Ethiopian parliament suspends 10 billion birr in budgetary support to Tigray Region

(AFP) – Ethiopian legislature slashed funding to the northern Tigray region on Wednesday, a decision a top Tigrayan Region official said was “illegal”. The move deepens a bitter rift between the federal government in Addis Ababa and the regional government in Tigray, each of which sees the other as illegitimate. The funding cuts are a response to Tigray’s decision to hold regional elections last month despite a nationwide pause on all polls because of the coronavirus pandemic. The House of Federation, the upper house of parliament, previously dismissed the regional elections as “null and void”. “The House of Federation has announced the illegally formed Tigray regional assembly and cabinet has no legal basis so will receive no budgetary support,” House of Federation Speaker Adem Farah told state television Wednesday. Tigray was due to receive federal budget subsidies totaling 10.4 billion Ethiopian birr (around $281 million) for the current fiscal year. It is unclear how much of that amount would be affected. Adem’s interview aired one day after the House of Federation announced it would cut off contact with Tigray’s leadership. Adem said Wednesday that federal authorities would maintain relationships with lower-level government bodies in Tigray, though it was unclear how that arrangement might work. Getachew Reda, a TPLF spokesman told AFP in a text message Wednesday that the cuts in federal funding were “an illegal decision by an illegitimate body” and “tantamount to a declaration of war”. Wondimu Asamnew, head of the Tigray Friendship Liaison Office, said the suspension of budget “totally unacceptable and dangerous” and suggested they could jeopardize the region’s future role in Ethiopia. “You don’t do this to a member of the federal republic unless you want, in practical terms, to declare that Tigray is an independent foreign state,” Wondimu told AFP. “The consequences are very, very serious,” he said, adding that a formal response from Tigray would come “in a very short period of time”. VIDEO[embedded content]

Ethiopian parliament suspends 10 billion birr in budgetary support to Tigray Region

(AFP) – Ethiopian legislature slashed funding to the northern Tigray region on Wednesday, a decision a top Tigrayan Region official said was “illegal”.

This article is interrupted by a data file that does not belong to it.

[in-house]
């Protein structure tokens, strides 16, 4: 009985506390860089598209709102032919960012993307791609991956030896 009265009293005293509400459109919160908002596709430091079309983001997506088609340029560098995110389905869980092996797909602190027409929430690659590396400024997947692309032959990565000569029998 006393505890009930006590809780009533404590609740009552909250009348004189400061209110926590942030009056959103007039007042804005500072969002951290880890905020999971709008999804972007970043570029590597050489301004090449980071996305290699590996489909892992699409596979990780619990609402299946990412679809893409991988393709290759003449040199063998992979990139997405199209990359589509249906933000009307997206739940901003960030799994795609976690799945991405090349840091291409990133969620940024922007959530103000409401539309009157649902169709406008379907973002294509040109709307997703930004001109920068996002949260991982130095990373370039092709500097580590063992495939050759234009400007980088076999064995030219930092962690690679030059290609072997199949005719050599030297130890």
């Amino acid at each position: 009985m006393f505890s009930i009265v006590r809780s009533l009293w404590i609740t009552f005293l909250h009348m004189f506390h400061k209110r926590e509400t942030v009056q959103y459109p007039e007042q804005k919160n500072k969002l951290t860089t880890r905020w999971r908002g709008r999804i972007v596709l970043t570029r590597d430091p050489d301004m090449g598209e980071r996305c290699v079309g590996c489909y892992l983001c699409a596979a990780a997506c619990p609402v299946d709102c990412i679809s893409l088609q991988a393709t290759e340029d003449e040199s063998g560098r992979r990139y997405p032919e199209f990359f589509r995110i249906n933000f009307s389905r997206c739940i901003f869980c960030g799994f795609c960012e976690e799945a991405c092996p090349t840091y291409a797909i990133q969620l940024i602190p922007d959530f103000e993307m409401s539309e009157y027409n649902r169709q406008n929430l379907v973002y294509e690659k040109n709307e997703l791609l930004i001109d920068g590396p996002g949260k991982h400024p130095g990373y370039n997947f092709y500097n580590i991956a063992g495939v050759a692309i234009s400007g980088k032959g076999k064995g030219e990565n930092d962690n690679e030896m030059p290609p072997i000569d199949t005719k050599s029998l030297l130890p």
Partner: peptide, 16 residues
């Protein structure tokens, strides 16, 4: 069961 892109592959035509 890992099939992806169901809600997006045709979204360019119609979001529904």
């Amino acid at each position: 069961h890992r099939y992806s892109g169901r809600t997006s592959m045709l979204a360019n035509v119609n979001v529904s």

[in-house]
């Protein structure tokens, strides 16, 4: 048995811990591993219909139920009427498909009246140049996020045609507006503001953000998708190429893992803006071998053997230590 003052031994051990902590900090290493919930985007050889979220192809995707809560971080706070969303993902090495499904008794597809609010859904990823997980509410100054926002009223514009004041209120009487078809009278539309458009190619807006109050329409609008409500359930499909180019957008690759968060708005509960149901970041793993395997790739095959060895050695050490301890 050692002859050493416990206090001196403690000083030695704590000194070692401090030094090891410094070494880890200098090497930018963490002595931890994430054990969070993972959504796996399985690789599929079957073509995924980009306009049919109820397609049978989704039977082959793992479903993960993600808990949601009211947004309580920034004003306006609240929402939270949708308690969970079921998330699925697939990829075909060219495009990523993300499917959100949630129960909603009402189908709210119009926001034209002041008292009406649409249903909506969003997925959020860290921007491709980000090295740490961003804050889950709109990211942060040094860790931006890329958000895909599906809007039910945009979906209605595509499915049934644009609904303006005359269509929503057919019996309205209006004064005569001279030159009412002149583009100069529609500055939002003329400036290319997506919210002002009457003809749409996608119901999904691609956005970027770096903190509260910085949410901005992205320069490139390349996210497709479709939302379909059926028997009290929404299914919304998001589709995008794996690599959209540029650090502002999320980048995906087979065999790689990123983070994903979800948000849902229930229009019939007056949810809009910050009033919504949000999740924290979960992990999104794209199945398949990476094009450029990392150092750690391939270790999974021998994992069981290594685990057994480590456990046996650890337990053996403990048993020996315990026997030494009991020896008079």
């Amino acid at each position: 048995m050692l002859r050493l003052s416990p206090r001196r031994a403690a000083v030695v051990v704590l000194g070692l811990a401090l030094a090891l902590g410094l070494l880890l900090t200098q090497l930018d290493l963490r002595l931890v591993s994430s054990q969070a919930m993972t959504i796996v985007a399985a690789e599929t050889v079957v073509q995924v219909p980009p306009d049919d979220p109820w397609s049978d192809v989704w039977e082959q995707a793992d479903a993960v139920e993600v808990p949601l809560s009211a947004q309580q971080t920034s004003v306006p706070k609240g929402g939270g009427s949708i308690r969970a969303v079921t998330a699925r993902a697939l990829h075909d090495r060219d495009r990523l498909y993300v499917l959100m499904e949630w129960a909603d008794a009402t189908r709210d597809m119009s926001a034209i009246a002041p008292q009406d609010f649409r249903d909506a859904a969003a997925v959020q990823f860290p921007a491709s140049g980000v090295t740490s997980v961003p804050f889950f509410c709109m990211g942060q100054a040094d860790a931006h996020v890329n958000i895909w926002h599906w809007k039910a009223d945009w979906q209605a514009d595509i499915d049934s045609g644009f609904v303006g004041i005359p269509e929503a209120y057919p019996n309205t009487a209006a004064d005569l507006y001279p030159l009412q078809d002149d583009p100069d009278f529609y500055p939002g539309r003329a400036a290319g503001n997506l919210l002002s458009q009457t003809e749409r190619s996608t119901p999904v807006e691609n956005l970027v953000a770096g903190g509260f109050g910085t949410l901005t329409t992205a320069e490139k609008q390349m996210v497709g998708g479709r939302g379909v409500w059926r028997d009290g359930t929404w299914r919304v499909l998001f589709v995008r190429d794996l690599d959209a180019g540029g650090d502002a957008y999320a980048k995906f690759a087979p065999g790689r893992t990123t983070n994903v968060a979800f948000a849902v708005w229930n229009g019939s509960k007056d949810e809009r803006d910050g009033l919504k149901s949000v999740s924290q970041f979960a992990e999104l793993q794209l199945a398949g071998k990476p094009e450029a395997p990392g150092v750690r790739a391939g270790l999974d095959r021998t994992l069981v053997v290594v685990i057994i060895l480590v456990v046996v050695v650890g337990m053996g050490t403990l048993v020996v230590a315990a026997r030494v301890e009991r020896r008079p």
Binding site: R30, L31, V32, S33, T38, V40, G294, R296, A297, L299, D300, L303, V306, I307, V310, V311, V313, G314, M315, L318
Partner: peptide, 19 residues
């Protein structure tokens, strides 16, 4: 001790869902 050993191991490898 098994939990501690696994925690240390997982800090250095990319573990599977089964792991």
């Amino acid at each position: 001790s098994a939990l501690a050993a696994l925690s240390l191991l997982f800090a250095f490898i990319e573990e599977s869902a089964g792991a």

The move deepens a bitter rift between the federal government in Addis Ababa and the regional government in Tigray, each of which sees the other as illegitimate.

The funding cuts are a response to Tigray’s decision to hold regional elections last month despite a nationwide pause on all polls because of the coronavirus pandemic.

The House of Federation, the upper house of parliament, previously dismissed the regional elections as “null and void”.

“The House of Federation has announced the illegally formed Tigray regional assembly and cabinet has no legal basis so will receive no budgetary support,” House of Federation Speaker Adem Farah told state television Wednesday.

Tigray was due to receive federal budget subsidies totaling 10.4 billion Ethiopian birr (around $281 million) for the current fiscal year.

It is unclear how much of that amount would be affected.

Adem’s interview aired one day after the House of Federation announced it would cut off contact with Tigray’s leadership.

Adem said Wednesday that federal authorities would maintain relationships with lower-level government bodies in Tigray, though it was unclear how that arrangement might work.

Getachew Reda, a TPLF spokesman told AFP in a text message Wednesday that the cuts in federal funding were “an illegal decision by an illegitimate body” and “tantamount to a declaration of war”.

Wondimu Asamnew, head of the Tigray Friendship Liaison Office, said the suspension of budget “totally unacceptable and dangerous” and suggested they could jeopardize the region’s future role in Ethiopia.

“You don’t do this to a member of the federal republic unless you want, in practical terms, to declare that Tigray is an independent foreign state,” Wondimu told AFP.

“The consequences are very, very serious,” he said, adding that a formal response from Tigray would come “in a very short period of time”.

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